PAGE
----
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California's Ban on High Capacity Magazines Blocked by Federal Judge

By George Khoury, Esq. on June 30, 2017 | Last updated on March 21, 2019

California voters suffered a setback in the fight to make the state safer from gun violence. The ban on high capacity magazines, approved last year by a majority of voters, has been blocked by a federal judge pending the outcome of the case.

The new law, which was slated to take effect this weekend, would have required owners of high capacity magazines to risk fines and criminal penalties just for possessing the ammunition magazines that fit 10 or more bullets. Since 2000, California law has prohibited purchasing or selling these type of magazines. This lawsuit was filed in San Diego by the California arm of the National Rifle Association.

Preliminary Injunction Junction

At this stage of the case, the judge's order preventing the enforcement of the new law is only temporary. Preliminary injunctions only have an effect while a case is pending, and can be reversed at any time during the case if the court no longer believes the requirements are met.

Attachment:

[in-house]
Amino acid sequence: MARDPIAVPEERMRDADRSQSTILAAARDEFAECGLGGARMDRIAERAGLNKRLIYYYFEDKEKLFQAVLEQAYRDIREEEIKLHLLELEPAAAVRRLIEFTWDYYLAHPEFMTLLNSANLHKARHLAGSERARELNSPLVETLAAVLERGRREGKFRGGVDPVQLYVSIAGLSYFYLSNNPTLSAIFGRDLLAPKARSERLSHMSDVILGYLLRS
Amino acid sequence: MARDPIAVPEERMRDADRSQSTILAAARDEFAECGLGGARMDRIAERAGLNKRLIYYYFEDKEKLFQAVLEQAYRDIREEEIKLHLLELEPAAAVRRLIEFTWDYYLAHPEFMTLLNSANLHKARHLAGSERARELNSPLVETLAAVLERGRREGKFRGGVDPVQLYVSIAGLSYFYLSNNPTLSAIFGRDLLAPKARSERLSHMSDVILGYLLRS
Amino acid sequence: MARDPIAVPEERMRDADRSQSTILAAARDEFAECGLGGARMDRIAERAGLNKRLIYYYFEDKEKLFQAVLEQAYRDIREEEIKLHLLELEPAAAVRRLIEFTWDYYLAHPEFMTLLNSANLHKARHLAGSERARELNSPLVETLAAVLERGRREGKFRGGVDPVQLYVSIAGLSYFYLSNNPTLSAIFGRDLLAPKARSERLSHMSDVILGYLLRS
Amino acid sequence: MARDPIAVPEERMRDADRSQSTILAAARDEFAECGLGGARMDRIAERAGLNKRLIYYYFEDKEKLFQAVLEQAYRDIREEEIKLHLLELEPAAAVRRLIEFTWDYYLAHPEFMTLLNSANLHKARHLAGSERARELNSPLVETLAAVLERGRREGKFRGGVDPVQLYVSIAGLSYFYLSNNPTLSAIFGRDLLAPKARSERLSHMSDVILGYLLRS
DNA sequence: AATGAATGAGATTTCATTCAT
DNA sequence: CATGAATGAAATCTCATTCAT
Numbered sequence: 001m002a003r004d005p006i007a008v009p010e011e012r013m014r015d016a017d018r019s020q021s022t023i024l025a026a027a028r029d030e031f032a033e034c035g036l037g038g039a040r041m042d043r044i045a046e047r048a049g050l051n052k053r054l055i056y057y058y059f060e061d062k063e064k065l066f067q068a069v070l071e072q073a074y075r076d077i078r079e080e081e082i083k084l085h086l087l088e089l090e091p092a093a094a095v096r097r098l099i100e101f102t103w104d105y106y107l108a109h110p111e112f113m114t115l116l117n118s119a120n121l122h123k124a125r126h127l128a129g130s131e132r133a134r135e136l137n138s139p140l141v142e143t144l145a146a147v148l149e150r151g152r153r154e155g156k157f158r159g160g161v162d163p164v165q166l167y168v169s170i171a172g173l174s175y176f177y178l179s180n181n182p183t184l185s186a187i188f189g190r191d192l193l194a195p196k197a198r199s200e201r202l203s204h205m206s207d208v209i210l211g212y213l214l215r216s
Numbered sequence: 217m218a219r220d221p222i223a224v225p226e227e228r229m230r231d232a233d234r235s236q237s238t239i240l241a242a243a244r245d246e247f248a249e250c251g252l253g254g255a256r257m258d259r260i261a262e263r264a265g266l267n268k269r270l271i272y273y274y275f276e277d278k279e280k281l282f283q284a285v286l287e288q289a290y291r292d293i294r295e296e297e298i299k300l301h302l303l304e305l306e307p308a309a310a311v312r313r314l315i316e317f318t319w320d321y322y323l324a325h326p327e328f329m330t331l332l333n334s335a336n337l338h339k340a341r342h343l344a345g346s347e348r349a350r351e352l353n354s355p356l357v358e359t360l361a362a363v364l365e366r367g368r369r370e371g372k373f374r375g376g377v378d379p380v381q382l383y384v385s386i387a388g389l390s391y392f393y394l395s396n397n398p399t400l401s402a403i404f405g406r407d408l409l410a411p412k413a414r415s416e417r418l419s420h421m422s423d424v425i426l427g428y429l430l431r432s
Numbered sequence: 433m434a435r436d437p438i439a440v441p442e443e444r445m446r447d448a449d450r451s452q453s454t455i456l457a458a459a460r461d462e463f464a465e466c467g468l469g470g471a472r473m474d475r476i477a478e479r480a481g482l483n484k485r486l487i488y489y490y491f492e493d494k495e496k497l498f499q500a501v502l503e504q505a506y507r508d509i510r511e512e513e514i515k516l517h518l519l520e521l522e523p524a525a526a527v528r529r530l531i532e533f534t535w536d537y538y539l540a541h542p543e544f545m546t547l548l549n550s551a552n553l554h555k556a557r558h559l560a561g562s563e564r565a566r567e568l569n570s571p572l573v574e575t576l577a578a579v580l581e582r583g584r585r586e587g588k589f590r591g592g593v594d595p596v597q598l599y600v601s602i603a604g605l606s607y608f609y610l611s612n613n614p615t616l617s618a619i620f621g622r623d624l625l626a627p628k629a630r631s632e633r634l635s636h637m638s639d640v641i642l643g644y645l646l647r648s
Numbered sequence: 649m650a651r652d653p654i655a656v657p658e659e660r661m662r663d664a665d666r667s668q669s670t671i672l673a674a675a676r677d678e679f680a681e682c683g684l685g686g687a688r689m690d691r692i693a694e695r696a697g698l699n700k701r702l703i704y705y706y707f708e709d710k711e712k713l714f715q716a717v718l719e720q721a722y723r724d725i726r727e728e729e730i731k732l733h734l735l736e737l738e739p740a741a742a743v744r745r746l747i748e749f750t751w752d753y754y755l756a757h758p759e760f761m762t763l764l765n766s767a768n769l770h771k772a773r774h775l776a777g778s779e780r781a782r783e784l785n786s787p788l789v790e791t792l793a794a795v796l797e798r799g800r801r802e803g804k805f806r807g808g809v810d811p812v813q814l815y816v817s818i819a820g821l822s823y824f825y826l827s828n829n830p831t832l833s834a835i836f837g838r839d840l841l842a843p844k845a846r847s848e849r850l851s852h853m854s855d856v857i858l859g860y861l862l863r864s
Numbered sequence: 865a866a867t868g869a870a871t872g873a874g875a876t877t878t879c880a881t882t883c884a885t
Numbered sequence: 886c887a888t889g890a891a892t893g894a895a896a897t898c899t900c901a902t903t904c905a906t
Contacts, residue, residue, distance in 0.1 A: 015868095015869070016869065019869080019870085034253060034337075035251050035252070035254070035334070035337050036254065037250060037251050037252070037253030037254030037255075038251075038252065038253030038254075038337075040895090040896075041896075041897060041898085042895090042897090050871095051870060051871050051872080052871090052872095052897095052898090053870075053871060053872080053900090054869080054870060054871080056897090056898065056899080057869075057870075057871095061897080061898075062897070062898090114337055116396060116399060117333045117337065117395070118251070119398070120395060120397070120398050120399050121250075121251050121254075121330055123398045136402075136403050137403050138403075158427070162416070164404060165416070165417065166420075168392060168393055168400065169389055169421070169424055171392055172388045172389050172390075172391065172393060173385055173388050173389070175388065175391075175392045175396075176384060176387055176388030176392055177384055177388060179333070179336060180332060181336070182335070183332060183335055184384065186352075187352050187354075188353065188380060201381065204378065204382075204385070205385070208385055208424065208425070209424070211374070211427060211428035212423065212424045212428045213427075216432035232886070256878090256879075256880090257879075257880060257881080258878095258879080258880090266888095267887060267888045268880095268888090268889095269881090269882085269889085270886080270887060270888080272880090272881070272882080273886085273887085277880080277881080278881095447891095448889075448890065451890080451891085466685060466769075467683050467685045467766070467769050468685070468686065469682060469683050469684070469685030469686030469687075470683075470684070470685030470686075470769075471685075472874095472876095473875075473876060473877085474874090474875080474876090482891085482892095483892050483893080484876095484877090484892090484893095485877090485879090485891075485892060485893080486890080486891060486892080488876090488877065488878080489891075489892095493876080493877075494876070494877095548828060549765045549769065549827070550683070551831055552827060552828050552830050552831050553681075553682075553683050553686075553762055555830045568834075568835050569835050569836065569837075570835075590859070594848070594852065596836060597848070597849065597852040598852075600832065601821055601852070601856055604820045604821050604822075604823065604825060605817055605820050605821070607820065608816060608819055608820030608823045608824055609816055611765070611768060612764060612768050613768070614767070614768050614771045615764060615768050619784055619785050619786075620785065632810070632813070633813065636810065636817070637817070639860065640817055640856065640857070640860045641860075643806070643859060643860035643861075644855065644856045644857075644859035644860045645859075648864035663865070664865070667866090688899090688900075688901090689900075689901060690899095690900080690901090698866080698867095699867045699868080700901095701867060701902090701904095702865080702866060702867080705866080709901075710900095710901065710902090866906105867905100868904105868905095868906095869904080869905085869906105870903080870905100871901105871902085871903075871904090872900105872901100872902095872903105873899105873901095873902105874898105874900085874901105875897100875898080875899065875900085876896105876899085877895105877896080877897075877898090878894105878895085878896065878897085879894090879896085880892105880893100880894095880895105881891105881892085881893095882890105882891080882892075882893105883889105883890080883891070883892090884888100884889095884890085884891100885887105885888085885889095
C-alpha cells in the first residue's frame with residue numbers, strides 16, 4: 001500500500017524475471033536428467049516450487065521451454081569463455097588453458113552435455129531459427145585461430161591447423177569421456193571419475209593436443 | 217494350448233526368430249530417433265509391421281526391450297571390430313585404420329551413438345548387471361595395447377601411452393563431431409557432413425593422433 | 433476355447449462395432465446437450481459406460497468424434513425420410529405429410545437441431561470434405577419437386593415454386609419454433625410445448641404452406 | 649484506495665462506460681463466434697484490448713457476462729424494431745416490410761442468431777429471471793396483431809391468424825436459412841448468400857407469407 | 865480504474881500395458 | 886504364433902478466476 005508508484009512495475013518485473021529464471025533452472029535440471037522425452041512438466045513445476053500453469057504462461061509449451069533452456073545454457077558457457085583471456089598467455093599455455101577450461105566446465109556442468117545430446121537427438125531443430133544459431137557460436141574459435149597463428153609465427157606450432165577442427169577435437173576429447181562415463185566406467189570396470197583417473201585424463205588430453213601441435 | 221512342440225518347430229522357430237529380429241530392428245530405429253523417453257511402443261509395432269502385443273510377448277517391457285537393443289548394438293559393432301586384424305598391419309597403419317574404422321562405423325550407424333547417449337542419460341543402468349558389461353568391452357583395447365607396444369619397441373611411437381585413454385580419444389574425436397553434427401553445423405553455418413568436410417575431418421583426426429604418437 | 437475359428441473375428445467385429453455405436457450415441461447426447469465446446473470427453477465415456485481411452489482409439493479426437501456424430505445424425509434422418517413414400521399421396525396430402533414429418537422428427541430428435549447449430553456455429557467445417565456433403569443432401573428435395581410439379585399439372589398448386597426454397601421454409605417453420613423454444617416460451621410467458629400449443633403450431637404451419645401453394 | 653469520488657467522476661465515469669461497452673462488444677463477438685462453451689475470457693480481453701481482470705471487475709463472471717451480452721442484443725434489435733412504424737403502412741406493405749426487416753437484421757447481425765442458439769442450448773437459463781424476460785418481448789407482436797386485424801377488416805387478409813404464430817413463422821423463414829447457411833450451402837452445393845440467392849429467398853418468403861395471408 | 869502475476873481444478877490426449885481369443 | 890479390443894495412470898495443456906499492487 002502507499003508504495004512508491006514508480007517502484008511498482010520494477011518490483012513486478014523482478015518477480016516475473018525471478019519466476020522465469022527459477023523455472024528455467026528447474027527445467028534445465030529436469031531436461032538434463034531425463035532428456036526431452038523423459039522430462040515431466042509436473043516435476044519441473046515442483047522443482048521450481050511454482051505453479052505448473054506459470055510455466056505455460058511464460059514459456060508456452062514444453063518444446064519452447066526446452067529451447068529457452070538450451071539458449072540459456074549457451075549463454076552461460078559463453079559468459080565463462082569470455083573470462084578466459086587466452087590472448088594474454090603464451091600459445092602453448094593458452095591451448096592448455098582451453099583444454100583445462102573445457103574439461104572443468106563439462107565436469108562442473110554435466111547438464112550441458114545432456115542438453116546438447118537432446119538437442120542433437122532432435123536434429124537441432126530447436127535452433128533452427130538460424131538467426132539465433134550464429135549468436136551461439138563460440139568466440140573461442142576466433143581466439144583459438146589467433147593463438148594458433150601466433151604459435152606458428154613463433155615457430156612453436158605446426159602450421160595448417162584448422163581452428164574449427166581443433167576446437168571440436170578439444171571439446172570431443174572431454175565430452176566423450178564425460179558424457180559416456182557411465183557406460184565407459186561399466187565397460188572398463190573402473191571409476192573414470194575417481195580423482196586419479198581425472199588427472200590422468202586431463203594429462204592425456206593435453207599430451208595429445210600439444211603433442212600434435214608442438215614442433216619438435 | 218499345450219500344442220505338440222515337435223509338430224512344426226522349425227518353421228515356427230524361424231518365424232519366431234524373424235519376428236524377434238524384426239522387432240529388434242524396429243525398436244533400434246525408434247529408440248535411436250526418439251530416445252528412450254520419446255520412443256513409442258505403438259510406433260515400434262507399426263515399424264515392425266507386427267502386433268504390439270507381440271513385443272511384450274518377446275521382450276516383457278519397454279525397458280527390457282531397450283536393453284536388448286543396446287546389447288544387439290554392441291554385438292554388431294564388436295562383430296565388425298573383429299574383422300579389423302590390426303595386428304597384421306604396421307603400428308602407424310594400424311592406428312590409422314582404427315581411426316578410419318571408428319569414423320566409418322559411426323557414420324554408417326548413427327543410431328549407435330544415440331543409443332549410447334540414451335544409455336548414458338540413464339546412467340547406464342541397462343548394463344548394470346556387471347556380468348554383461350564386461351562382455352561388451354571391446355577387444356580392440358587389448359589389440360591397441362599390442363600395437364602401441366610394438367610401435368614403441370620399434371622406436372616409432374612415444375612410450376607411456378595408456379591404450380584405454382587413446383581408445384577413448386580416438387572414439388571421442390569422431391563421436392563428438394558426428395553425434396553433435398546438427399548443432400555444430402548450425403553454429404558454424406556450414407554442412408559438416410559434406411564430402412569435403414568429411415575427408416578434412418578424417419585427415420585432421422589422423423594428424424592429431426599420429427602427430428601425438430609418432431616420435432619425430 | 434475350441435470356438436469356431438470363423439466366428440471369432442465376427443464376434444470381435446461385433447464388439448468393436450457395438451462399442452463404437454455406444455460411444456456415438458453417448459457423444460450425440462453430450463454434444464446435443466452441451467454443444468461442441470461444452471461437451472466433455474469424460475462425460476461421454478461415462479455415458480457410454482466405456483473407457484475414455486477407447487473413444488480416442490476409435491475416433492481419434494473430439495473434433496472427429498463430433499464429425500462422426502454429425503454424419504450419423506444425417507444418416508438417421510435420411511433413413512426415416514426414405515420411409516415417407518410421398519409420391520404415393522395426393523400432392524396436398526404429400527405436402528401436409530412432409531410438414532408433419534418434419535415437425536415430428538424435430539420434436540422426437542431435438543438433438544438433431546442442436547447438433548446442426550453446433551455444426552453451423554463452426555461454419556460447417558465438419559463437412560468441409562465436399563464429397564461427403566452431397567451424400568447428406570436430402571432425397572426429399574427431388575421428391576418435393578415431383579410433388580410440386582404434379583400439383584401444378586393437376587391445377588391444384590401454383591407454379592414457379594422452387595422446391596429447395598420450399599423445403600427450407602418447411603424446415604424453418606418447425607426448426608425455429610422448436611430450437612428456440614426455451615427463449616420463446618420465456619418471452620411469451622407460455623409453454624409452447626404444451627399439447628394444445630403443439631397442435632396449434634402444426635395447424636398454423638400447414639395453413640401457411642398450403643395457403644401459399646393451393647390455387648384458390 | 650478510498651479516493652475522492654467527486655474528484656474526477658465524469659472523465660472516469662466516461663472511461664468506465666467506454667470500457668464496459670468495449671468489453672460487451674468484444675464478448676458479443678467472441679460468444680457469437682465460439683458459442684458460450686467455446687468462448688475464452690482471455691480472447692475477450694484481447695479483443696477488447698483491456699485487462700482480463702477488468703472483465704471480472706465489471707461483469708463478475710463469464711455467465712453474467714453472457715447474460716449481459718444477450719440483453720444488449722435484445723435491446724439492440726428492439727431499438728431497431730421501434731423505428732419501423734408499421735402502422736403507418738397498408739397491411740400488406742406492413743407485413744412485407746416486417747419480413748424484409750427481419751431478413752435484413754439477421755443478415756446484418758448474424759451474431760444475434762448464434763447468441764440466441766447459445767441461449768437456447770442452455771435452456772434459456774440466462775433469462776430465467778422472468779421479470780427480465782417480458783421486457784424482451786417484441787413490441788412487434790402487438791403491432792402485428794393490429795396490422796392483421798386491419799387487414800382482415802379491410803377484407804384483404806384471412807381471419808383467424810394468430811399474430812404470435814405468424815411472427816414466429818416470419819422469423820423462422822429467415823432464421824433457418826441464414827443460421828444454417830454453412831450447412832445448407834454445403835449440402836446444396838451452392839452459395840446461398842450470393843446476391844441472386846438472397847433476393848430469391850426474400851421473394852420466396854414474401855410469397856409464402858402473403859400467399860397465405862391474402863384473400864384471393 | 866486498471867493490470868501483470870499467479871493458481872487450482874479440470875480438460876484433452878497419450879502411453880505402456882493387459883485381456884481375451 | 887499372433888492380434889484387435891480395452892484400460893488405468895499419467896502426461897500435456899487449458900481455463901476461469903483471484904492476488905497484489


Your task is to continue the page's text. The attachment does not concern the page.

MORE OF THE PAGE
Essentially, the court granted the preliminary injunction because the NRA argued that owners of the high capacity magazines in the state could suffer damages and injury if the law was allowed to go into effect. The law would allow owners to be fined $100 for a violation of the law, as well as face up to one year in jail.

One Court Can Rule Them All

Perhaps what is most surprising about this decision is that a federal court in Sacramento rejected a similar challenge. However, the San Diego court's temporary injunction applies statewide.

Generally, the federal courts have the authority to block enforcement of a law, not just statewide, but also nationwide. This was recently seen with executive order travel bans that were temporarily blocked by the federal courts.

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